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Physicians Can Play Formal, Informal Roles in Healthcare Supply Chain

Analysis  |  By Christopher Cheney  
   April 05, 2022

To be successful, physicians who participate in supply chain must have good communication skills and curiosity about supplies.

Physicians play a variety of roles in supply chain at hospitals and health systems, a healthcare supply chain expert says.

Eugene Schneller, PhD, is a professor in the Department of Supply Chain Management at Arizona State University's W.P. Carey School of Business and cofounder of Healthcare Supply Chain eXcellence. He is also director of the Health Sector Supply Chain Research Consortium, which is a university-industry cooperative committed to advancing healthcare supply chain practice.

HealthLeaders recently interviewed Schneller about the roles that physicians can play in hospital and health system supply chains. The following transcript of that conversation has been edited for clarity and brevity.

HealthLeaders: Are there formal roles that physicians can play in a health system's or hospital's supply chain department?

Eugene Schneller: Physicians can participate in several ways. One way is as a member of a value analysis team organized and managed by supply chain. In many cases, these are standing committees to look at products such as in orthopedics or cardiology. These committees meet monthly or several times a year to look at products that the hospital is using. Physicians are demanders of products, and there needs to be a very clear relationship or mechanism by which physicians can provide input to supply chains. Value analysis teams are one way to do that.

As hospitals look at new products, they invite physicians to bring those products to them. In that case, the physician is a proposer.

Physicians can sit in on sessions where the hospital is looking at a class or category of goods, and physicians participate at looking at those goods. That happens frequently when a contract is ending.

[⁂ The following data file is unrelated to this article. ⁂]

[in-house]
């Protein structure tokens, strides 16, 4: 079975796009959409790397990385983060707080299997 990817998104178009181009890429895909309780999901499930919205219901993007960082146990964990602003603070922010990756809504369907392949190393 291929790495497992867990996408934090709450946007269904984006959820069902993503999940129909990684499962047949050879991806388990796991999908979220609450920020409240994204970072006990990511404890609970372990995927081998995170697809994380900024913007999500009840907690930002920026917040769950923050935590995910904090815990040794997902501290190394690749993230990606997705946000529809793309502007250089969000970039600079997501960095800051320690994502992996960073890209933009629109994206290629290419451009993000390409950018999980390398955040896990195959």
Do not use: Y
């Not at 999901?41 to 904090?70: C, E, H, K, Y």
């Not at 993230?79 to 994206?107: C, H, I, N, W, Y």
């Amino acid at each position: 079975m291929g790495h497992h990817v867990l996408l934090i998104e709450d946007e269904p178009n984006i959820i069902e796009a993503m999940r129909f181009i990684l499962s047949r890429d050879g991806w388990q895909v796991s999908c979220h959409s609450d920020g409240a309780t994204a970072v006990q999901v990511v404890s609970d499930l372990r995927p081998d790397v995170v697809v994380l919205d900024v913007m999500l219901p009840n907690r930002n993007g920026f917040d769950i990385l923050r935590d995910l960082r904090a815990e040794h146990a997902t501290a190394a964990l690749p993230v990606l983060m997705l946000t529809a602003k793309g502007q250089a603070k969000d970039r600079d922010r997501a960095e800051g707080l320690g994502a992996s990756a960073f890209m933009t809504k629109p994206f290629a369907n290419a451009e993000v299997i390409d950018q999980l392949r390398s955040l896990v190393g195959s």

Physicians can also serve as liaisons or "linking pins" to the supply chain department representing their clinical departments. If you think of supply-intensive admissions such as orthopedics and cardiology, those are areas where new products are evolving constantly, so you may have a physician working in a liaison role that is part of the physician's total responsibility.

Physicians can also participate in quality assurance processes that are conducted by supply chain.

Often, there are physicians who are full-time employees of supply chain departments. Some large health systems have physicians embedded within supply chain.

HL: For physicians more broadly, how can they play a role in supply chain functions and activities?

Schneller: Physicians can serve as scouts for new products because they go to meetings that frequently have demonstrations of new products.

Physicians can communicate when the relationship with a supplier is not what has been agreed upon in a contractual relationship in terms of the supplier providing support for the product.

Physicians can also communicate the criticality of a product in a procedure. Increasingly, we are thinking not just in terms of individual products but in terms of an episode of care. For example, you can have a hip replacement or a knee replacement with several products involved, so the interaction of several products is important. Physicians can communicate about that interaction. A group of surgeons may decide that a product is not necessary, so they need to communicate with supply chain about what is happening.

Physicians may be the first to find out about the absence of a product. They need to communicate with supply chain about these "stock outs."